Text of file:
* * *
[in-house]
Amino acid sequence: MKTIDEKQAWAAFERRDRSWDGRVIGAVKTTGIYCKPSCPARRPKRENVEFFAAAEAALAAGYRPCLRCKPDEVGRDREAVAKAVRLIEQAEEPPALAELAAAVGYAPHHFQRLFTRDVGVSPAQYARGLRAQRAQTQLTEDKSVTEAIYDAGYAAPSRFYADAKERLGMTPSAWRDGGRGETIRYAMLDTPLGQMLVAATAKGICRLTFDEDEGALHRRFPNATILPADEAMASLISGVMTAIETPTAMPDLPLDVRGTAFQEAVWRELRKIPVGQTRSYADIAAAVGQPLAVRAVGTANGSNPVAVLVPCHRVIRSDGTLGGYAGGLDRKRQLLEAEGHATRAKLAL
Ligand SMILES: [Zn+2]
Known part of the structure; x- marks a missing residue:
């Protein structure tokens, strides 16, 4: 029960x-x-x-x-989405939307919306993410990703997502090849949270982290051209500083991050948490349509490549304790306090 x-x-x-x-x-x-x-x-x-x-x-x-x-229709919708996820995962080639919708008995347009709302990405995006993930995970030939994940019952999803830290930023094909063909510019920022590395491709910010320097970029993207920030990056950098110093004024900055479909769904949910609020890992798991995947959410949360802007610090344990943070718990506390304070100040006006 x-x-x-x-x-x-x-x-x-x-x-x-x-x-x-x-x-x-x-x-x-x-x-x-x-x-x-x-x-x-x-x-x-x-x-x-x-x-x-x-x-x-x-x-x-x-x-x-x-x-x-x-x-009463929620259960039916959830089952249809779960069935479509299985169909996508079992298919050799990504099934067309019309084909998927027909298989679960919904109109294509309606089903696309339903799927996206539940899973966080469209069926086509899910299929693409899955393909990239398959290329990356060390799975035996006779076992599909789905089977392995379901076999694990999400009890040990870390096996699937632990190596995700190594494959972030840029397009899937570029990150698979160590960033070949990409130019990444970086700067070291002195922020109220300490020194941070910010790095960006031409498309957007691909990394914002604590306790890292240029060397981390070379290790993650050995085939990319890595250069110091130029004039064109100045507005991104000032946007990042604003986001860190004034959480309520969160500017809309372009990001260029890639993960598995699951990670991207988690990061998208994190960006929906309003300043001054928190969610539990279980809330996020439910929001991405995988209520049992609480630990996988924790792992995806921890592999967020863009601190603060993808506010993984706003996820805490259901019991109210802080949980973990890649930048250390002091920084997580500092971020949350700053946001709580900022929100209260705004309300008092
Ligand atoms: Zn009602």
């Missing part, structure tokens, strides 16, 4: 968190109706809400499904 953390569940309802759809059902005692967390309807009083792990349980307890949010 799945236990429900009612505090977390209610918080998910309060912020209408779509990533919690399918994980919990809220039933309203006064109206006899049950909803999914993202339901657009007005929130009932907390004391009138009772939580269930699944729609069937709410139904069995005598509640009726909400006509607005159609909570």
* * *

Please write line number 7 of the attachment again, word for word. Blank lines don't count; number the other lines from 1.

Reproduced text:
């Missing part, structure tokens, strides 16, 4: 968190109706809400499904 953390569940309802759809059902005692967390309807009083792990349980307890949010 799945236990429900009612505090977390209610918080998910309060912020209408779509990533919690399918994980919990809220039933309203006064109206006899049950909803999914993202339901657009007005929130009932907390004391009138009772939580269930699944729609069937709410139904069995005598509640009726909400006509607005159609909570």